Betrayal Legacy unfolds over a prologue and 13 linked chapters. In each, the legacy elements layer on additional depth, rules, and storytelling reveals. Prior components are discarded or destroyed, and cards get written on by the players. A big part of the ongoing legacy is the deaths that have happened in the haunted house, including the deaths you might face as the story is told, and exactly what is left behind from those deaths. “You can see on the board at the beginning that some of the tiles have ghosts on them,” Daviau says. “And there are spots on the tiles where more ghosts can live. Some places have a higher haunting potential than others. How ghosts come into play is unknown at the beginning, but most people are not surprised when they find out how that happens. Everyone’s house will have a slightly different ghost population, both in quantity and location.” 

No matter how your horror novel plays out, after the final chapter concludes, Betrayal Legacy will remain playable. “After you’ve done 14 chapters, you have an infinitely replayable game that’s fully customized,” Daviau says. “You will have only seen about a third of the haunts that are in the game. You can keep playing it.” That’s a trait that isn’t shared across all legacy games, and boosts what is already likely to be an engaging game to go back onto the table with frequency.

Our first look today at the final box art for Betrayal Legacy hints at the tone that Daviau’s team is shooting for. “We definitely went PG-13, and not PG,” Daviau says. “The original game has a certain tongue-in-cheek quality, and plays on a lot of monster movies from the ‘50s. Some of those are kind of serious, and some of them are more like a ‘I was a teenage werewolf’ sort of feel. People weren’t quite as tongue-in-cheek about their horror in 1740. ‘No, there are monsters that live in the woods, and I’m terrified.’ So, we tried to make Betrayal Legacy a little more serious. There are still a lot of winks and jokes, but the cover immediately sets the tone.” While Betrayal Legacy doesn’t go for gore, the cards and narration have an unsettling quality that maintains its roots in horror. 


In addition to exploring the haunted house, Betrayal Legacy also features outdoor locations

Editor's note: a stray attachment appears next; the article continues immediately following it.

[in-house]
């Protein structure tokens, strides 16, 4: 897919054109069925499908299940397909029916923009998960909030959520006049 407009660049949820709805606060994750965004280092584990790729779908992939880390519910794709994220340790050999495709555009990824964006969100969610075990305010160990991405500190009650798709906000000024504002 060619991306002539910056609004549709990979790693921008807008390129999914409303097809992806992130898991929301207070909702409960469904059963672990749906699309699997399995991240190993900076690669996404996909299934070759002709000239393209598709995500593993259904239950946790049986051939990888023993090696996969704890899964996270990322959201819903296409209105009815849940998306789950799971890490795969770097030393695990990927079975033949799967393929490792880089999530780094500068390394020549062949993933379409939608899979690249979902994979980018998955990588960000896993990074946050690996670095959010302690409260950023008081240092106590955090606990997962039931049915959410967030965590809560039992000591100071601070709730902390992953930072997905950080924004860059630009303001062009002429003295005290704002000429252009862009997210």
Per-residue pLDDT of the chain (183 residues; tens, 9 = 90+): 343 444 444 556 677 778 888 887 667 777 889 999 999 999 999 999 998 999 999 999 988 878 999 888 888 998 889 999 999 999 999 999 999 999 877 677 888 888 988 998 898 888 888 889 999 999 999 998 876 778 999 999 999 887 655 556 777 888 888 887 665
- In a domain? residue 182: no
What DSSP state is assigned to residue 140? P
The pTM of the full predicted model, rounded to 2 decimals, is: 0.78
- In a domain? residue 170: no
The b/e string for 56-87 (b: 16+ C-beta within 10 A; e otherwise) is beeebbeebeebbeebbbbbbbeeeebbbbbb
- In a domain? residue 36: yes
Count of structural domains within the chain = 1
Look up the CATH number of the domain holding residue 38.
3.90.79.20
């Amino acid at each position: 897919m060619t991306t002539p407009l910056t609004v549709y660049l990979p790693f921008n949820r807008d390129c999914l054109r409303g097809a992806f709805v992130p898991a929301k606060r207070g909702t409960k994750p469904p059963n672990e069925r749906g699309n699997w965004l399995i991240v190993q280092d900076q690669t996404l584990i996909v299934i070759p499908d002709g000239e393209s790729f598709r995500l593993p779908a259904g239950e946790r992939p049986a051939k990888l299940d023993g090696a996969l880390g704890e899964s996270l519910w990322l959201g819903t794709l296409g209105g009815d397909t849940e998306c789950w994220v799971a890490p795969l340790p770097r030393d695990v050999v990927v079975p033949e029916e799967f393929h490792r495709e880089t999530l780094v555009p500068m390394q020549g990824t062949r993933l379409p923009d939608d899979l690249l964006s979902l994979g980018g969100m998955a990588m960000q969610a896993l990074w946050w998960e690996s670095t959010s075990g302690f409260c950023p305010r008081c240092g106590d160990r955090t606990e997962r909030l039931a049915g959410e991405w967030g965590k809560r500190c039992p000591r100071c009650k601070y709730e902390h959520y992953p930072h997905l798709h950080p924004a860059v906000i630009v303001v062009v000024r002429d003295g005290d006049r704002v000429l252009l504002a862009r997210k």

Betrayal Legacy is targeting release in November of this year, which works out well, since the game’s sessions are also set in that time of year. “What’s the spookiest month? Early November,” Daviau declares. “All the leaves have fallen, and they’re wet and brown, and there’s no more apple picking. The sun is setting really early, and there’s a few trees without leaves on them. Once we figured out what the outside would look like, every chapter started to be fall.”

In conversing with Daviau, it’s clear that Betrayal Legacy is a passion project. Not only was he involved in the original game’s inception, but it’s also a personal favorite for him. “I have worked on dozens of games, and probably brought to market over 80 in a 20-year career, and Betrayal at House on the Hill is the only game that I have worked on that I regularly want to play after it’s published,” Daviau says. Betrayal Legacy has a high bar to cross when aiming for that same kind of longevity – players can make up their own minds if it succeeds in just a few months.  

As you wait for a chance to confront the dangers of the haunted house, you might want to peruse our backlog of Top of Table articles, including some great similarly themed horror games that are appropriate for Halloween, and our list of the Top Tabletop Games of 2017 (which included Daviau’s Pandemic Legacy: Season 2). As always, if you’re looking for a personalized board game recommendation for your friends or family, drop me a line via email or Twitter, and I’ll do my best to provide some suggestions.